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2. Workshop

A group of users led by a moderator participate in discussion and exercises to explore a  subject or design idea in greater detail. People can be asked questions or directed to perform tasks.

A group on a workshop


Used during the early phases to gain broader understanding of a topic and during evaluative stages to define problems or test ideas.


  • Engaging and controlling a group of people is challenging and requires a skilled moderator who is energetic, able to focus the discussion and has good knowledge of the topic being discussed
  • Good time management is crucial when dealing with groups of people working together
  • It can be difficult to capture and make sense of the information generated as workshops can be energetic events with many people talking at the same time


  • Can explore multiple points of view within the same discussion
  • Group participation can stimulate new ideas as people bounce ideas off each other
  • Explores contrasting ideas and opinions
  • Highlights differing user experience and expertise
  • Feedback on design directions will come from different perspectives
  • Can produce large amount of opinions and ideas in a short amount of time


  • Information can be less honest. People will be influenced by the group dynamics and will try to present themselves in a positive way
  • There is a danger of leading questions. People may be influenced by the moderator and try to please them by confirming their suggestions
  • People are limited to their own personal experiences. Do not expect them to come up with new design ideas but aim to capture their thoughts, feelings and feedback instead
  • Strong individuals can dominate the group and influence the other participants
  • It is easy to stray from the topic if the workshop not carefully and consistently controlled
  • Workshops can be costly and time-consuming to organise. They need to be planned well in advance


  1. Assemble a group of 6-10 people willing to participate in the workshop. Larger groups will be difficult to control while smaller ones will limit the scope. Choose a venue that is of an appropriate size and suitably private.
  2. The investigator acts as the moderator facilitating the activities and encouraging discussion. It is essential to have helpers to set up and support activities.
  3. Create a structured plan for the workshop and keep to it as much as possible. Timekeeping is critical when working with groups, and workshops can be very difficult to manage.
  4. Plan for the workshop to last from two hours up to two days depending on the activities and availability of the participants.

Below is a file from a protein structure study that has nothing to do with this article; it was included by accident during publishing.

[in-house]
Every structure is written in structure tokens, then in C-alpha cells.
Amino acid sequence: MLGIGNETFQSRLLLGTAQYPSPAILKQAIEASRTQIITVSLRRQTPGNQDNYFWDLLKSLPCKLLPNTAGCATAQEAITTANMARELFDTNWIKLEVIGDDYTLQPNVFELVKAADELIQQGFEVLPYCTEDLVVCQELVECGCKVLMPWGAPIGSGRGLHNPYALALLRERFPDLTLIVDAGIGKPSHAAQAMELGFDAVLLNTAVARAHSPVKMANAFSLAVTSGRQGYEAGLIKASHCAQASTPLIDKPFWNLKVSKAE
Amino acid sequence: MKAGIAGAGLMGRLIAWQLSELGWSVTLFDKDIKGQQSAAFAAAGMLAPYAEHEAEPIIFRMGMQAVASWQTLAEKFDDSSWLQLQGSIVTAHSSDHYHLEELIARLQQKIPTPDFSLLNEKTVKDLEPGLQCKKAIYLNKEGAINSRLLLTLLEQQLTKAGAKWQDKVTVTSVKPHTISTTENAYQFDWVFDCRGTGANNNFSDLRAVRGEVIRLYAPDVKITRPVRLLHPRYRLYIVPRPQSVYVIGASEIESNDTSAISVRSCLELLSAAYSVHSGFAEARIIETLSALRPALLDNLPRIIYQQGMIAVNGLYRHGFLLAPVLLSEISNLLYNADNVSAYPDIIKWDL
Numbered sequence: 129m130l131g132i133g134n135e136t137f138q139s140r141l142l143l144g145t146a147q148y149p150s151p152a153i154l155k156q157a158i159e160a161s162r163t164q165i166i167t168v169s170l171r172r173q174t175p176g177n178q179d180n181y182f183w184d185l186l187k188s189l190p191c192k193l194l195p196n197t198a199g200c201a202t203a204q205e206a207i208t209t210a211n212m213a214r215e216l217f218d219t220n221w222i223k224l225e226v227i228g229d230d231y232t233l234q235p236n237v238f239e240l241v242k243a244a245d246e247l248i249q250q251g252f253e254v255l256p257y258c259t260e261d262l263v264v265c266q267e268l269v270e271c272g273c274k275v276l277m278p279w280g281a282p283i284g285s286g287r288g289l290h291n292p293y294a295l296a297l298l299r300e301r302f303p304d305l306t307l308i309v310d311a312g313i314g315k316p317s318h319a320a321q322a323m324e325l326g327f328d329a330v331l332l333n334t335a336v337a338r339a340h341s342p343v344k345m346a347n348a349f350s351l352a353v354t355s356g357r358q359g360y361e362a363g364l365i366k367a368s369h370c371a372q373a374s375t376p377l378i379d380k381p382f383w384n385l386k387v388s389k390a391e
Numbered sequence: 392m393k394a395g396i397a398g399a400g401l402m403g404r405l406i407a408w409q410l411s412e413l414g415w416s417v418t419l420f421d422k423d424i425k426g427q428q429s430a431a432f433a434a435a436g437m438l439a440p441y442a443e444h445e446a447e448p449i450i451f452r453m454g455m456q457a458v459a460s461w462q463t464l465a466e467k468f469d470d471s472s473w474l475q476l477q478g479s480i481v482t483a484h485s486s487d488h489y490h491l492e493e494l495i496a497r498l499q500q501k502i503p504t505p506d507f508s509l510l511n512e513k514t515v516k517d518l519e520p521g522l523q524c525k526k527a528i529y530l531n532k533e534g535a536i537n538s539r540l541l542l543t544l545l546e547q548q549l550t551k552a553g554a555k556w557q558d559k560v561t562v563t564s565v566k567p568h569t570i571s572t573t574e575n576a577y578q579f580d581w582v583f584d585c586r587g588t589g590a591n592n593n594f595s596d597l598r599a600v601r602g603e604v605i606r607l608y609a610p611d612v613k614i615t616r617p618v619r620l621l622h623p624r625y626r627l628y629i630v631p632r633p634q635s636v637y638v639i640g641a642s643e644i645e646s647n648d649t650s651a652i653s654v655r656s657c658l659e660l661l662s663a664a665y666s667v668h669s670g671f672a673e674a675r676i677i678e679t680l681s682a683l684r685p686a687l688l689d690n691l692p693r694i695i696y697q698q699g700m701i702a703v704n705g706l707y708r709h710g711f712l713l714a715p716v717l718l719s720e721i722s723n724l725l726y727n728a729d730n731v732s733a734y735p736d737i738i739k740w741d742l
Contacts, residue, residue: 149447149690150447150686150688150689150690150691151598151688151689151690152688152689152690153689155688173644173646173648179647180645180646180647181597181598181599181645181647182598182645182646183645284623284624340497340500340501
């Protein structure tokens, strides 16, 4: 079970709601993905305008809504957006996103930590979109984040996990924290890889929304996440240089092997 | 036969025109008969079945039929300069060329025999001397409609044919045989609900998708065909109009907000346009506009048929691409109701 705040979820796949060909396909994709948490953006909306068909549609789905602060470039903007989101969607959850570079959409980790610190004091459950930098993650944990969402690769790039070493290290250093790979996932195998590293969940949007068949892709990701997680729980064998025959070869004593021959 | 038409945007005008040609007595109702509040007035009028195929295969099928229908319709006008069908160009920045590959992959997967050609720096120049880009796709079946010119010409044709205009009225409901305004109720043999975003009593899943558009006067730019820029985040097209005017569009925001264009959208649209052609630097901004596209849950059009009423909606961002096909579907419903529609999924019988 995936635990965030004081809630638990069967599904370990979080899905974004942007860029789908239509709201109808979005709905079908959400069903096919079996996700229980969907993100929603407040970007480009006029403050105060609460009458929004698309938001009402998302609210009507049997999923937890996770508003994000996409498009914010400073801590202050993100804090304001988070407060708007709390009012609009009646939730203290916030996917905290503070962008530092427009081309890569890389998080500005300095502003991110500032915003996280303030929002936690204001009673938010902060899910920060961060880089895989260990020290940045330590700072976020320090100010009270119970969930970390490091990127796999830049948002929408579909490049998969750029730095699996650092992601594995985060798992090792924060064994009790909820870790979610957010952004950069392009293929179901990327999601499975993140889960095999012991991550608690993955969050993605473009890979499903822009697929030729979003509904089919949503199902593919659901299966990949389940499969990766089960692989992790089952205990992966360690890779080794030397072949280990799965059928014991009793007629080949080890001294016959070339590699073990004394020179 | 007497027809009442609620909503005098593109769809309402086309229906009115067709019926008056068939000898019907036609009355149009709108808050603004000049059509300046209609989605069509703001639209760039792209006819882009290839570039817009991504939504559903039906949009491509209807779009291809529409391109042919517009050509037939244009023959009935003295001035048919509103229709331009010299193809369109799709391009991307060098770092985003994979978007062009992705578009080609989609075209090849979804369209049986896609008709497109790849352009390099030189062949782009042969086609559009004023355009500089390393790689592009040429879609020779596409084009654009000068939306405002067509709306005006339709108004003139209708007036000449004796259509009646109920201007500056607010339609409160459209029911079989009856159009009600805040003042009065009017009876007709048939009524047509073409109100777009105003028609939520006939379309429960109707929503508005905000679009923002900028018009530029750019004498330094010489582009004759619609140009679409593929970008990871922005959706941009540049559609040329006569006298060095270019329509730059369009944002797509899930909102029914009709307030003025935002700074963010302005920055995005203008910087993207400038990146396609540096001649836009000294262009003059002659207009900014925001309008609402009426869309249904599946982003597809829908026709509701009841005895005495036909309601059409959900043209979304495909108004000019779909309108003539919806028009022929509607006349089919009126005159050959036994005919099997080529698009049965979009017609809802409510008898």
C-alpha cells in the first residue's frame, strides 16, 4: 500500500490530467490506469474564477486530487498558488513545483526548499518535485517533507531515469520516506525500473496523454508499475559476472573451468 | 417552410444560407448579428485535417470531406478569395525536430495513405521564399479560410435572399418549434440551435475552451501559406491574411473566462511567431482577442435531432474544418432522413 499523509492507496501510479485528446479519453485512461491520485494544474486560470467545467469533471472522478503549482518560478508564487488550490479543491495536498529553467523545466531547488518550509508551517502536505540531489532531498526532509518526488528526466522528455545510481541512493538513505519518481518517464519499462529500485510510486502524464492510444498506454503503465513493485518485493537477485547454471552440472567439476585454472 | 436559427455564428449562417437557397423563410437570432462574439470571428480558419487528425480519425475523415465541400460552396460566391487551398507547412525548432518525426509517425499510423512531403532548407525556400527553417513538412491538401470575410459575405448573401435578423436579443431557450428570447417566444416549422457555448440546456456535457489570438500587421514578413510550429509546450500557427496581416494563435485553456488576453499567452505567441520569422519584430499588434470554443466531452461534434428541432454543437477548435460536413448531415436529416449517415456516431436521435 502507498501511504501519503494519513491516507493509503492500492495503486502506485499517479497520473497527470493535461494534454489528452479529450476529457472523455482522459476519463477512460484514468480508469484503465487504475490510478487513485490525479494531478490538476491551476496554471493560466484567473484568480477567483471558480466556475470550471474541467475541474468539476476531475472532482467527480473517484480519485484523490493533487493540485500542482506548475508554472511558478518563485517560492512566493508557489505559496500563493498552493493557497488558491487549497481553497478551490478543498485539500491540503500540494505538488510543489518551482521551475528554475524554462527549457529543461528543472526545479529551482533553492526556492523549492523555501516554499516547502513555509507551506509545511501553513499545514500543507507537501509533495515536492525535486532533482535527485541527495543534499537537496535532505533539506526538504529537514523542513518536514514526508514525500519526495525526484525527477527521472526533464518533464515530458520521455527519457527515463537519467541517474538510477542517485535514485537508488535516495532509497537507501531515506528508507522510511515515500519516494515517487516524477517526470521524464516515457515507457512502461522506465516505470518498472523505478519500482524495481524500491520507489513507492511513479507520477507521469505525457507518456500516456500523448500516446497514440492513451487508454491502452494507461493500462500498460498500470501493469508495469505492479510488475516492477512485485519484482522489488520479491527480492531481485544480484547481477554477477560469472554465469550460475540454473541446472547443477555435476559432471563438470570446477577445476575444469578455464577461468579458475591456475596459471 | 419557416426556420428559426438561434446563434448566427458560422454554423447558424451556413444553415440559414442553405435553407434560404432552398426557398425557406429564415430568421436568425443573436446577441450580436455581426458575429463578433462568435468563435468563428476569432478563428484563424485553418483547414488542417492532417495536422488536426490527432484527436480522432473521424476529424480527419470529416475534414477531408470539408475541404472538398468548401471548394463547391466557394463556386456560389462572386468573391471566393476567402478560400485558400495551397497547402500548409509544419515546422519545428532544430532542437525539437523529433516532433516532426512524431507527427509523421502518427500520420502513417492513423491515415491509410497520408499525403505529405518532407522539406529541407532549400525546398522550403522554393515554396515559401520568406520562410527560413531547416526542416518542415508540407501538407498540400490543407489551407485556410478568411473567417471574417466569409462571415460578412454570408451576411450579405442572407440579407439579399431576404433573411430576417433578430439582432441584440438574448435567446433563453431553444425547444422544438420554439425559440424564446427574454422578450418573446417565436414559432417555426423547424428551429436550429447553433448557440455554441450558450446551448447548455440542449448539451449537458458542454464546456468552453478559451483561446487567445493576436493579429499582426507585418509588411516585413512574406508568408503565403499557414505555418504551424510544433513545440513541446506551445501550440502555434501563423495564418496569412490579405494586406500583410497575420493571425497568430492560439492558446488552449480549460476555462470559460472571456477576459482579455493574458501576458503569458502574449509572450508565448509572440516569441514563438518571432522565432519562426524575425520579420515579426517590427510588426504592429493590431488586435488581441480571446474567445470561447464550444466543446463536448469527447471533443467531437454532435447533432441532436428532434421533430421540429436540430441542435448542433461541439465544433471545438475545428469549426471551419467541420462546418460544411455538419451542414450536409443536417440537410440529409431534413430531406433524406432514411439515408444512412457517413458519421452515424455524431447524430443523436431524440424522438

5. Start with an ice-breaker that gets everyone involved. This will help to energise and engage participants and help them get to know each other. 
  6. Aim for a series of short tasks rather than one long one. Use early activities to build up to and prepare the participants.
  7. When performing tasks, break the group into teams of 2-4 participants. This makes it easier to control and encourages different opinions to be heard.
  8. Get the teams to take ownership of their ideas and get them to present to the other teams. Mild competitiveness between teams can sometimes be beneficial.
  9. Stationery such as whiteboards and post-its should be provided. ‘Post-it walls’ allow everyone to have their say and enables ranking and grouping of ideas. People should not have to bring anything with them.
  10. Breaks and refreshments should be provided, especially for longer workshops, but these need to be strictly controlled in order to maintain momentum.
  11. Collect data periodically. Photograph and collect the material that has been generated throughout the workshop, at the end.
  12. Set aside time immediately afterward to note down key points or ideas before you forget them.


  • Design provocations: props and visual provocations can be useful to inspire the group or as starting points for discussions and activities
  • Questionnaires: questionnaires given to the group before a workshop can help you to gather background information on the participants and prime them for the discussion


  • Exploring broad topics from different perspectives and brainstorming new ideas
  • Focusing attention on big issues that need detailed discussion
  • Providing feedback and challenging existing ideas and designs
  • Collecting opinions from a community rather than an individual